Lincoln teachers among those honored by Campbellsville

Published 9:00 am Thursday, July 13, 2017

By Joan C. McKinney,director, Office of University Comm., and Maurizio Petito, graduate
student, School of Education

CAMPBELLSVILLE —  Kentucky’s 2017 Elementary Teacher of the Year, Kellie Jones of Taylor County’s Intermediate School, urged the teachers to whom she spoke at Campbellsville University to “keep your passion for teaching” and “Students today need passionate and energetic influence in their learning and in their lives.”
Jones addressed the 190 teachers throughout the Commonwealth of Kentucky throughout 69 districts as they received Campbellsville University’s Excellence in Teaching Awards during the 31st annual ceremony Saturday, May 20 in Ransdell Chapel.
Jones told the teachers, during her first year of teaching, she was expecting her first child, and she received an apple and an inspirational message daily from one of her students.
She said the notes encouraged her and were treasured by her. “They helped me to stay focused on finding the good in all situations and encouraged me to strive to accomplish goals with perseverance,” she said.
Jones, who has taught 25 years and who is a Campbellsville University alumna, told the teachers to find their “great potential to be a positive influence for both your colleagues and your students.
“I want to encourage Kentucky teachers to search ways to continually grow, go after your passions, step out and take risks and encourage your coworkers and students to do the same.” 
She encouraged the teachers to be “world class” and not just “middle class” or in other words “good enough.”
“Our students, our families, our communities and our nation deserve a brighter future and you have the opportunity to impact that.
“You can be influential to make a positive change during the time that you have your students in your care. The encouragement for students to strive to become all that they can be will build a brighter future for us all.”
Dr. Donna Hedgepath, vice president for academic affairs, and Dr. Beverly Ennis, dean of the School of Education presented the certificates to the teachers before a luncheon in Winters Dining Hall.
Hedgepath, who has taught in the public-school system, told the teachers, “We celebrate you today. You can’t pay enough money for wonderful teachers. We applaud the best of the best of teachers today.” 
Ennis said, “Teaching is the profession that creates all others,” is a motto hanging in Campbellsville University’s School of Education building.
We don’t celebrate teachers enough. We are honored today to celebrate hard-working teachers. Thank you for your service to the children of Kentucky.”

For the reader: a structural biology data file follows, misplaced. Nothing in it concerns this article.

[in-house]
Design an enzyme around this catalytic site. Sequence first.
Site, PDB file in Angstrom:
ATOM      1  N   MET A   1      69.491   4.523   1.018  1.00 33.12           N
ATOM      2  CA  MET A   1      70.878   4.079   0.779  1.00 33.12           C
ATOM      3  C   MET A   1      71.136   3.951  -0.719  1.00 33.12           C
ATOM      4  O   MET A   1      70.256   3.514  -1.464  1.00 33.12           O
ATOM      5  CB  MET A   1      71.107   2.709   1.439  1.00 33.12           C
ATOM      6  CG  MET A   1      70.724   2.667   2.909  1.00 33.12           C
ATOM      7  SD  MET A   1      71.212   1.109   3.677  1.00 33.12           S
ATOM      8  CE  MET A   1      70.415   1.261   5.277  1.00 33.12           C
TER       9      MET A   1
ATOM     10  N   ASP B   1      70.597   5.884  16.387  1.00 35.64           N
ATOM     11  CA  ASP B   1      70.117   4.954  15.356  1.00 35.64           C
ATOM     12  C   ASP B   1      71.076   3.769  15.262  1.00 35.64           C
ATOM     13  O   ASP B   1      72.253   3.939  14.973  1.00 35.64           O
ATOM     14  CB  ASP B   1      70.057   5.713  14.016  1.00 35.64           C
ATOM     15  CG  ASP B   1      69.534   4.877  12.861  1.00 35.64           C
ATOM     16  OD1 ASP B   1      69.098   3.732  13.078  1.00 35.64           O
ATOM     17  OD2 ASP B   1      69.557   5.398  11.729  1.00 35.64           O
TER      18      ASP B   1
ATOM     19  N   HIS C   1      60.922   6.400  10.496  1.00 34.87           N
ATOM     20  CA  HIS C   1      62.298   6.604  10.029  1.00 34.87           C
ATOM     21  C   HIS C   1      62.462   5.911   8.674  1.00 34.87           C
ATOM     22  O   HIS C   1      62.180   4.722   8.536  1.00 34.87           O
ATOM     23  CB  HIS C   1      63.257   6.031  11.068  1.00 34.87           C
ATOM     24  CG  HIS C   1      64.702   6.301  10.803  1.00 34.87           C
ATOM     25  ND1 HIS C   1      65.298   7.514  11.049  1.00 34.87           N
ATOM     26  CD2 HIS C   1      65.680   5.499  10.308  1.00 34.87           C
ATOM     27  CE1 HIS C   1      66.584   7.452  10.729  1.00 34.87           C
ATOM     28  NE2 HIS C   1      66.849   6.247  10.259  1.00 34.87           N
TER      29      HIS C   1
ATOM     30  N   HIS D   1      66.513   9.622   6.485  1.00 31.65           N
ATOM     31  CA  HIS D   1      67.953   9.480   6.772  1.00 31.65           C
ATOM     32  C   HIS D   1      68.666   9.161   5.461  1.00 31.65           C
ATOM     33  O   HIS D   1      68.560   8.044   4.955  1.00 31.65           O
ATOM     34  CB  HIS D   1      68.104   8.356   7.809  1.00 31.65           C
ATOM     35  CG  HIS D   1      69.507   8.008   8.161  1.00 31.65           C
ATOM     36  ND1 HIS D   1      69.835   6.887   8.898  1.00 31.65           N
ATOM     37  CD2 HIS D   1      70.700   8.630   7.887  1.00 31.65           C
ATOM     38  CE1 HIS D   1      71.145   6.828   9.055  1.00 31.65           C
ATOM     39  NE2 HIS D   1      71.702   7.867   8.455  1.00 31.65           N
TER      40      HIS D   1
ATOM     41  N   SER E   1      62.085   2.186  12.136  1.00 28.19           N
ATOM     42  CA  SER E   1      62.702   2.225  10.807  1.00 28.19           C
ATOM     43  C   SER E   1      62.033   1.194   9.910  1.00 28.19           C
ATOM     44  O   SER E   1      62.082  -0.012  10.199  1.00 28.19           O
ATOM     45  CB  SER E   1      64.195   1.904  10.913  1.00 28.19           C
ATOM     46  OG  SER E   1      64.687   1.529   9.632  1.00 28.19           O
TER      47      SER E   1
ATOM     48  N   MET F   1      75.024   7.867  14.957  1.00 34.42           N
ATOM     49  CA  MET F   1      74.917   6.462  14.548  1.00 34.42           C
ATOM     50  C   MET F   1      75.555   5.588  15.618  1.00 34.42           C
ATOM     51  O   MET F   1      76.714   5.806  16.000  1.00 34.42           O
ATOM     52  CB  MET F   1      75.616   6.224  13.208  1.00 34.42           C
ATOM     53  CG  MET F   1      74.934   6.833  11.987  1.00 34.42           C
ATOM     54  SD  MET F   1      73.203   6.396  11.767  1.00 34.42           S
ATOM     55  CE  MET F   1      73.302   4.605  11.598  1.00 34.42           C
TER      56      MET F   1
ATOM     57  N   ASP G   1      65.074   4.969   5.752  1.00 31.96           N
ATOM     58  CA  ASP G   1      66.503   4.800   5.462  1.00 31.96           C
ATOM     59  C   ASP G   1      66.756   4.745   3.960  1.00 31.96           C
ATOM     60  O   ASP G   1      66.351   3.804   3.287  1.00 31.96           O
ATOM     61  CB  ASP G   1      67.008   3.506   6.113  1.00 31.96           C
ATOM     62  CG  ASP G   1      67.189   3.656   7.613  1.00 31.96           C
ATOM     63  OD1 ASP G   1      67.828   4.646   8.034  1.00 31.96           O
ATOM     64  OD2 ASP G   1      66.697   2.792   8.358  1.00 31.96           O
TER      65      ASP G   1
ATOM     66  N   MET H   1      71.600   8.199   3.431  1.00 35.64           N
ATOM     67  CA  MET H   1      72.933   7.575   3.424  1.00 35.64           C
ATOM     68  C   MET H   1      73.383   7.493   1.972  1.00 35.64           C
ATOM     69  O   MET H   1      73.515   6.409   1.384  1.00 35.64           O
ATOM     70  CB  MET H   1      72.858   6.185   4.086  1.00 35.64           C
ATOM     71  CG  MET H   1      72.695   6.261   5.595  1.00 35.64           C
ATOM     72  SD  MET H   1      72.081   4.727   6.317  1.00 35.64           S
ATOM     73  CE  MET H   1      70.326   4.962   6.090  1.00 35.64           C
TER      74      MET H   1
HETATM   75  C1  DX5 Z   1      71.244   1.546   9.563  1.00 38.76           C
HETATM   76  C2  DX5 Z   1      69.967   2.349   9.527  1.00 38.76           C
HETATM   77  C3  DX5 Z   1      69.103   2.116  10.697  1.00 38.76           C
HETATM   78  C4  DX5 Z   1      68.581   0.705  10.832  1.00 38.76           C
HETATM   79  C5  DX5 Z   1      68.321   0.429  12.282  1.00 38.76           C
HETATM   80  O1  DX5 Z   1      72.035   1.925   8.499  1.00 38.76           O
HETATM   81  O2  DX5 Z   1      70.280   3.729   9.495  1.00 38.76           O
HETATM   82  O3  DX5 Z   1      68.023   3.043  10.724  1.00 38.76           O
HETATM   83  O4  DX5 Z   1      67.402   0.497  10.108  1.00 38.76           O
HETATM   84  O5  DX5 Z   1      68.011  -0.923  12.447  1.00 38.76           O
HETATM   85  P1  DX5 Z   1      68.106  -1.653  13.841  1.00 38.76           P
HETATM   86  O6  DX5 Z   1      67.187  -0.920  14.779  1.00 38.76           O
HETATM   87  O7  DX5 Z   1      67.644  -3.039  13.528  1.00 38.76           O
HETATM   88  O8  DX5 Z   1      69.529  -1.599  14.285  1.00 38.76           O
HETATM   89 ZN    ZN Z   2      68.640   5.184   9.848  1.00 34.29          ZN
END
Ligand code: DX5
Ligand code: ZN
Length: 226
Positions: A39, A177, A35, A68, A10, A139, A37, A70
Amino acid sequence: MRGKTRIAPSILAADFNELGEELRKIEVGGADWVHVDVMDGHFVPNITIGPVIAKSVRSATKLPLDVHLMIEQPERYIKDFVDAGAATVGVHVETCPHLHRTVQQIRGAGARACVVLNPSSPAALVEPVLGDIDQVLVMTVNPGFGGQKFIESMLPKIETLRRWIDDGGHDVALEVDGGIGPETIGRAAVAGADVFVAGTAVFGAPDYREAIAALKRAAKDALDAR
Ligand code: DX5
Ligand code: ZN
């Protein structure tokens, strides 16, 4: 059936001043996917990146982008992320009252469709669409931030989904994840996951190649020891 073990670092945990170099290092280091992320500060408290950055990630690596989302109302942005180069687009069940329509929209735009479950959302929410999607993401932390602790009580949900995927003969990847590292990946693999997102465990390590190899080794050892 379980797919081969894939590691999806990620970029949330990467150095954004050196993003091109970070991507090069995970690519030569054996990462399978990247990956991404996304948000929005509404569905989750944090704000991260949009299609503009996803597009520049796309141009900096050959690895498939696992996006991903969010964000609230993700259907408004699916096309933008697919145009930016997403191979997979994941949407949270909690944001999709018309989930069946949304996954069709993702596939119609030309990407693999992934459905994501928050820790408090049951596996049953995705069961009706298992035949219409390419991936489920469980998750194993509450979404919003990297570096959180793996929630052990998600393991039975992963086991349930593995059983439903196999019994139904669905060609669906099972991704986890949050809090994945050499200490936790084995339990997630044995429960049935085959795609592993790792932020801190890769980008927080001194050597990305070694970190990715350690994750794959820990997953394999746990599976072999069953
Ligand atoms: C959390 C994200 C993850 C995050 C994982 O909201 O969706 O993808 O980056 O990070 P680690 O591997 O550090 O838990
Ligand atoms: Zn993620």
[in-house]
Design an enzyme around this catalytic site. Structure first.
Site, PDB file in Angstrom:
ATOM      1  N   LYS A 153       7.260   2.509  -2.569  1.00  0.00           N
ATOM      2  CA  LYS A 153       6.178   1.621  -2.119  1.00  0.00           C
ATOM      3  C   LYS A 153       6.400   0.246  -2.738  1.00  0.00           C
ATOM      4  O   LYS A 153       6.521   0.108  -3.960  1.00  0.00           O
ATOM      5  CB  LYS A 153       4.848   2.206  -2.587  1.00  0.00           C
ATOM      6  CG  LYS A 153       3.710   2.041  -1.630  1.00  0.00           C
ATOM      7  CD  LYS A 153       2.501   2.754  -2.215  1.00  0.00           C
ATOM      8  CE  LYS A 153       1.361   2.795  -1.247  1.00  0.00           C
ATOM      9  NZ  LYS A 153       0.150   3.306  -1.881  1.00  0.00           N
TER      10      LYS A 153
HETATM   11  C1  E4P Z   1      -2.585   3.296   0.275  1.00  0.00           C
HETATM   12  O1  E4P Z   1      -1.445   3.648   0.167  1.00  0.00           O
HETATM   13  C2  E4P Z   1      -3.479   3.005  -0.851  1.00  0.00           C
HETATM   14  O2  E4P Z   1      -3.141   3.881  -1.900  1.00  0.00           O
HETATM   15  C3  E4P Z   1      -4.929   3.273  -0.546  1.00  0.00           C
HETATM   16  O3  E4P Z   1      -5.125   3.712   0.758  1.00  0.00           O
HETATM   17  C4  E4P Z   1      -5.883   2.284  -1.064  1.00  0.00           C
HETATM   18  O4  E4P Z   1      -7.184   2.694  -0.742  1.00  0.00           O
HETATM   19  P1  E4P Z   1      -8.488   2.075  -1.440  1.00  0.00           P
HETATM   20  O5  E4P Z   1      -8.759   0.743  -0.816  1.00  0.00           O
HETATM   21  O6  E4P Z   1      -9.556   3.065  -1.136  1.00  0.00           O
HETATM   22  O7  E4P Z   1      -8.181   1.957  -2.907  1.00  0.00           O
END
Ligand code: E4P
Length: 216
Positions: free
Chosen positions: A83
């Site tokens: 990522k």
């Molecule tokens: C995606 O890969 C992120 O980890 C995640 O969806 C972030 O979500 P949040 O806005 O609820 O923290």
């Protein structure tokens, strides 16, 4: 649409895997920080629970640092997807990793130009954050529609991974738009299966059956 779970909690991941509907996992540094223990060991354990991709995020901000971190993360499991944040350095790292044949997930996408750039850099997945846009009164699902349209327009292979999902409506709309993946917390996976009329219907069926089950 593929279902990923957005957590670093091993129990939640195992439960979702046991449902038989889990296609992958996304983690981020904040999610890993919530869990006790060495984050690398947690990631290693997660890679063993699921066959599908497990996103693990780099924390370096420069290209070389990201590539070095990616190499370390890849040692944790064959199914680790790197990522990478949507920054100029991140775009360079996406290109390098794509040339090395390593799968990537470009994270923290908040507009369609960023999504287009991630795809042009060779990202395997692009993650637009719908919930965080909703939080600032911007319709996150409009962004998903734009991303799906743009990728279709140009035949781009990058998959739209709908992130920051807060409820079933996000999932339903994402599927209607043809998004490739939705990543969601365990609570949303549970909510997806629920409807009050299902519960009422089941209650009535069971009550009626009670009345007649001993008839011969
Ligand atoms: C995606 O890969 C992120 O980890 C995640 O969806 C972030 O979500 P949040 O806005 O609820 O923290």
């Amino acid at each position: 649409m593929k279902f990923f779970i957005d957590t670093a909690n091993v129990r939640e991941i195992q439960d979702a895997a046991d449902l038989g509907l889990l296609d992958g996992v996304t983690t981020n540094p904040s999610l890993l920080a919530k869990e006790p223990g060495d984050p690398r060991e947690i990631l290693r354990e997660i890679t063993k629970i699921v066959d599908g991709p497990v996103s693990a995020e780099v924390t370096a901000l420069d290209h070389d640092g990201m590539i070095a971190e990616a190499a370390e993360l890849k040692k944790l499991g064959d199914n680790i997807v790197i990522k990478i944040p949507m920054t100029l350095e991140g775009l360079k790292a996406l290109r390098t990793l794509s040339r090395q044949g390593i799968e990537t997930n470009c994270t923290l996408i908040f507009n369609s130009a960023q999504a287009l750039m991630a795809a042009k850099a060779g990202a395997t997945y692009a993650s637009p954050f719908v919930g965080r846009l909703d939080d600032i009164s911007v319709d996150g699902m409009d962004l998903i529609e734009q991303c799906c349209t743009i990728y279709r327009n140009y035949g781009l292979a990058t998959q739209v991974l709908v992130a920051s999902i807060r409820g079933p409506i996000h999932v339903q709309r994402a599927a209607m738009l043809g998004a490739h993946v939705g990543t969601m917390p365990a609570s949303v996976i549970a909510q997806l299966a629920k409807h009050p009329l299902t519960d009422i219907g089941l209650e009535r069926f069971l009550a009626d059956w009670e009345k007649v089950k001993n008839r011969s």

She said Campbellsville University is the most diverse private college in Kentucky and is in the top five lowest debt colleges in the southern region of the United States.
Dr. John Chowning, executive assistant to the president of Campbellsville University for government, community and constituent relations, introduced Kellie Jones and read the names of the honorees.
Kelli Evans, a Campbellsville University student, sang, and Corey Bonds,assistant director of bands and instructor in music, accompanied her on piano.
Dr. Shane Garrison, vice president for enrollment services, gave the benediction before the luncheon.
At this 31st annual program, CU recognized 190 teachers from 69 school districts. A total of 3,580 teachers have been recognized for their teaching excellence throughout the years.
The Excellence in Teaching Awards program is in partnership with Lexington’s CBS-affiliate, WKYT-TV.
Lincoln County – Michael Rowe, superintendent; Joy Robertson, Highland Elementary School; Dixie Lay, Lincoln County Middle School; and Agatha Manion, Lincoln County High School.
Robertson teaches intermediate science at Highland Elementary School, where she has taught since 1999. 
She graduated in 1995 from Lincoln County High School. In 1999, Robertson received a bachelor of science degree from Lindsey Wilson College. In 2005, she obtained her master of arts degree from Eastern Kentucky University. 
She is married to Chad Robertson; they have three children: Garrett, Kaegan and Gabby Robertson. Her parents are Peggy and James Board from Stanford, Ky.
 Lay teaches English and language arts at Lincoln County Middle School, where she has been working since 2005. 
Lay graduated from Lincoln County High School in 1977. She attended Eastern Kentucky University, where she obtained her bachelor of science degree in 1990 and her master of science degree in 1997. 
Lay is married to Jeff Lay and has two children, Jennifer Rhodus and Leah Carmicle. She is the daughter of Shelby Jean Bertram from Stanford, Ky.
 Manion teaches French at Lincoln County High School, where she has worked since 2011. 
Manion graduated from Highlands High School in 2005. She attended University of Kentucky, where she obtained her Bachelor of Arts in French and Music in 2009 and her Master of Arts in French in 2011. 
She is married to McClee Manion. Her parents are Kahty and Tom Clixby from Ft. Thomas, Ky.
Campbellsville University is a widely-acclaimed Kentucky-based Christian university with more than 5,000 students offering over 80 programs of study including 19 master’s degrees, six postgraduate areas and seven pre-professional programs. The website for information is campbellsville.edu.